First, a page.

This is the second article in a two-part series on how to maximize your chances of success when approaching an investor for your business.
Last time, I pointed out one of the modern marketplace myths mouthed by talking heads and politicians, which is that small businesses don’t have enough access to capital. You could write a book about what these people don’t know about small business and, as it turns out, Andrew Sherman did.
Andrew is my friend and long-time member of the Brain Trust of my radio program, and his important book, Raising Capital, reveals, among many other things, the common mistakes entrepreneurs make when searching for investor capital. So far in this series, I’ve revealed six of the mistakes on Andrew’s handy list. This time we’ll cover the other six, each followed by my commentary. To see the first article, search for this title with “Part 1.”
The good news for seekers of investment capital is that outside sources have become more robust and multi-faceted, whether from venture capital funds, angel investors, and more recently, crowdfunding. The rude news is that, just like getting a loan, you have to have your corn flakes together to score this kind of funding. The bad news is the investor capital process is very complex, and almost always takes longer. And as you have and will continue to learn, there’s more to acquiring investor capital than writing a business plan.
Mistake: Not understanding the investor selection process.
Don’t deliver information with a fire hose when a water pitcher is preferred. If there is interest, investors will request more details as needed. You’ll need three documents: an initial, one-to-three-page executive summary (the pitcher), an intermediate 10-page (+-) model, and the one with all numbers and research (fire hose). Deliver the last two only upon request.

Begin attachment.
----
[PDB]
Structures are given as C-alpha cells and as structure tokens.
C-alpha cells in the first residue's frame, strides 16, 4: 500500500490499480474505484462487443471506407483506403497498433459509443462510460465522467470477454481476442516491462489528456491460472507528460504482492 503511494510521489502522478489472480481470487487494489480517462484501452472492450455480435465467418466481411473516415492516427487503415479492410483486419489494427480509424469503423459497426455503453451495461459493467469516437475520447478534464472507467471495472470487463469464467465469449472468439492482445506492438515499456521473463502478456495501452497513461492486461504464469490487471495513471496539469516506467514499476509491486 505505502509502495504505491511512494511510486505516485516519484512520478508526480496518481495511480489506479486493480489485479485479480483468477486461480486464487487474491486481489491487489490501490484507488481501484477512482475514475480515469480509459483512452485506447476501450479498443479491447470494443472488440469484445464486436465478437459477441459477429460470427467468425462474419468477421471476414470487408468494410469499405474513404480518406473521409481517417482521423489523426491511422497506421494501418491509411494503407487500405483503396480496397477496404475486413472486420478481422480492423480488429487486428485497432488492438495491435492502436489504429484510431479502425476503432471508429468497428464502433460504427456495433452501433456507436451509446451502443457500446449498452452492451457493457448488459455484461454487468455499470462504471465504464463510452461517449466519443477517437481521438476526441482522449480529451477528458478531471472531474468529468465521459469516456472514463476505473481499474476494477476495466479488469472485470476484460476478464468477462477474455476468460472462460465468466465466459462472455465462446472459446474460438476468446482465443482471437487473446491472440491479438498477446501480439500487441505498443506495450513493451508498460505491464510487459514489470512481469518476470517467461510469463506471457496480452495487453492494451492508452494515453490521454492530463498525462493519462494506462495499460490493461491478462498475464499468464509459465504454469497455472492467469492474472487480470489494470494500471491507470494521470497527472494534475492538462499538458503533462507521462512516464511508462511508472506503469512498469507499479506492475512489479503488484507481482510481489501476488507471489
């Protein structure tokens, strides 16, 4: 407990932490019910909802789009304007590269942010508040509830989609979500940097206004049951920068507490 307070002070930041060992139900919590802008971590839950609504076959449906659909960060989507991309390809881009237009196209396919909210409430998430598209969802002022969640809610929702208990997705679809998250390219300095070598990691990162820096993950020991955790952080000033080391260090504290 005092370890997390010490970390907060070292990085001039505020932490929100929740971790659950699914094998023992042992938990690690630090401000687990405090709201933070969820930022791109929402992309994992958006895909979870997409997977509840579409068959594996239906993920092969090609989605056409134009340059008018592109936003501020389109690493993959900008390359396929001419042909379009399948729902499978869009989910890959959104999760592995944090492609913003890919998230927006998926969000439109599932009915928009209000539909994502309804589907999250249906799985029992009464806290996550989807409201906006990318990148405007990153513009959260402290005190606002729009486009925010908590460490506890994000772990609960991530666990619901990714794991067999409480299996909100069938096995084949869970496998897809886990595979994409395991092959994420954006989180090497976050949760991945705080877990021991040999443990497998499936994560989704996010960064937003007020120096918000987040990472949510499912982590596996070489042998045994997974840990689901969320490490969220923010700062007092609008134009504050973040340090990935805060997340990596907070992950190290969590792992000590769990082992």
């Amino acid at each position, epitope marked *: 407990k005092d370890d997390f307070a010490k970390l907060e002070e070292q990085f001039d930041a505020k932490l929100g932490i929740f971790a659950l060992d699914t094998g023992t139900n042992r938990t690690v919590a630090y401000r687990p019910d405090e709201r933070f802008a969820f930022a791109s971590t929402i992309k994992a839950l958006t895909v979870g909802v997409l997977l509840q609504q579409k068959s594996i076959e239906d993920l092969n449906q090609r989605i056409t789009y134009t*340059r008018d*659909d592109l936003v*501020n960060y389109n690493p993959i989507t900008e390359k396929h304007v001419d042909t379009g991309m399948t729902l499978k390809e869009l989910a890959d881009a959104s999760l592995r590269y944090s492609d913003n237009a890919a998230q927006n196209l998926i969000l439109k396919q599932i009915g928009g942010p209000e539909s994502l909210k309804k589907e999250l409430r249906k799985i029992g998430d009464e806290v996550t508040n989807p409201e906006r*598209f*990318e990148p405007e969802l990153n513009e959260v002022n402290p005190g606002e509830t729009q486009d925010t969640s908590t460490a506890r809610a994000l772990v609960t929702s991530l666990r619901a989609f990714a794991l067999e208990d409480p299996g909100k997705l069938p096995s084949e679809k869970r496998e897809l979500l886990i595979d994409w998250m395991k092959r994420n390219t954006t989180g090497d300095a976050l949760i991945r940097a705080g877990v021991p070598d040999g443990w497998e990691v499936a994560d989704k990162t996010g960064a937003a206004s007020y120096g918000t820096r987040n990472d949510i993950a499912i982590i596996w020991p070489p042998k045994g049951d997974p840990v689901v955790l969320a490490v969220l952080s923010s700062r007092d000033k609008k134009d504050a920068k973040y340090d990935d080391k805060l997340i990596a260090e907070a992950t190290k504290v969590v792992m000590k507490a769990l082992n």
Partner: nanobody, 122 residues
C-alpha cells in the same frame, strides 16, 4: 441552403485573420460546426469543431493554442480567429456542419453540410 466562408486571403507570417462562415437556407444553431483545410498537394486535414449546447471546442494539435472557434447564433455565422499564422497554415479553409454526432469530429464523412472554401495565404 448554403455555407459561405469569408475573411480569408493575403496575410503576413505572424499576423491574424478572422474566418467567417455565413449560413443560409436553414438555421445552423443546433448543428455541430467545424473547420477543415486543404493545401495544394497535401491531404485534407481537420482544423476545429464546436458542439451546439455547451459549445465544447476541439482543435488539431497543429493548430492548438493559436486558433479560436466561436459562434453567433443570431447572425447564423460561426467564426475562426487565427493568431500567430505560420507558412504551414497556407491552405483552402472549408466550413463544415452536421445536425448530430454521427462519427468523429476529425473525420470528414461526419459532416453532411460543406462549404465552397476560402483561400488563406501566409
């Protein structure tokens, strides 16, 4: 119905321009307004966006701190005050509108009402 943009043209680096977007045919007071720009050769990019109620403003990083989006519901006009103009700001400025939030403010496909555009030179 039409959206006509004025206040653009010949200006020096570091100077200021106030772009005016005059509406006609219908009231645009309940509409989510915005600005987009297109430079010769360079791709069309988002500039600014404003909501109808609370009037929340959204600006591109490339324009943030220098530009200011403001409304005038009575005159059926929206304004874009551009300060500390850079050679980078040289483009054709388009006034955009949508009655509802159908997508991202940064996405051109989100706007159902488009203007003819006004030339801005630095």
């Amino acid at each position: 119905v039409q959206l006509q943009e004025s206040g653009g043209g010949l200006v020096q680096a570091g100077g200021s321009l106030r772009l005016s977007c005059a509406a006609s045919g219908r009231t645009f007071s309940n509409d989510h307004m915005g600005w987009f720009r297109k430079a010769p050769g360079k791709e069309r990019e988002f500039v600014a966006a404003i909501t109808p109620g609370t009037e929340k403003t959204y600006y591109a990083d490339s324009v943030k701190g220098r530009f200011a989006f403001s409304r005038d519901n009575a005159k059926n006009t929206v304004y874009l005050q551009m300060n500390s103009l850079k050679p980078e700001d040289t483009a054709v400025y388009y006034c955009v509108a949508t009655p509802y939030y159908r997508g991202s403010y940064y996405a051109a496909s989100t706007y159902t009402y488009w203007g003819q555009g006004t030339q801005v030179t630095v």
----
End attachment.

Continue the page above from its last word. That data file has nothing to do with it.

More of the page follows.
Mistake: Too little research and analysis.
You must have market/industry research and analysis to back up your assumptions and projections. Investors don’t value promises or hunches. Don’t show extensive data until requested, but reference and summarize what you’ve learned in the short models.
Mistake: Underestimating the funding chronology.
If your funding requirements and the investor prospect’s schedule are not in sync, guess who makes adjustments? Remember, to an investor, too much urgency sounds like desperation. And this will be true for crowdfunding as well.
Mistake: Being afraid to share your idea.
Sherman says you can’t sell if you can’t tell. Get a non-disclosure agreement that fits your project and use it. Investors not only expect to sign an NDA, they won’t respect you if you don’t give them one.
Mistake: Being dollar-wise and investor foolish.
Trick question: Which is the best alternative: a) $1 million from investors who know nothing about your industry; or b) $500,000 from investors who have industry background and business contacts? Since the value of an investor relationship is usually more than cash, “b” is often the correct choice. Consider all forms of investor contribution when evaluating an offer.
Mistake: Getting hung up on initial ownership and control.
Establishing ownership and control is where most investor negotiations break down. Remember the Marketplace Golden Rule? He who has the gold makes the rules. And typically, that translates to 51% control. Business founders are better served by focusing more on the investor exit plan and less on initial control. But this is a tricky calculus because you don’t want to sell too much of your business for too little capital. As I said last time, capitalizing a business isn’t – is not supposed to be – easy.
Accomplishing a successful investor relationship requires thoughtful preparation, plus skillful negotiation, and likely more patience than you’re used to demonstrating.
Write this on a rock … Know the rules before pursuing an investor search.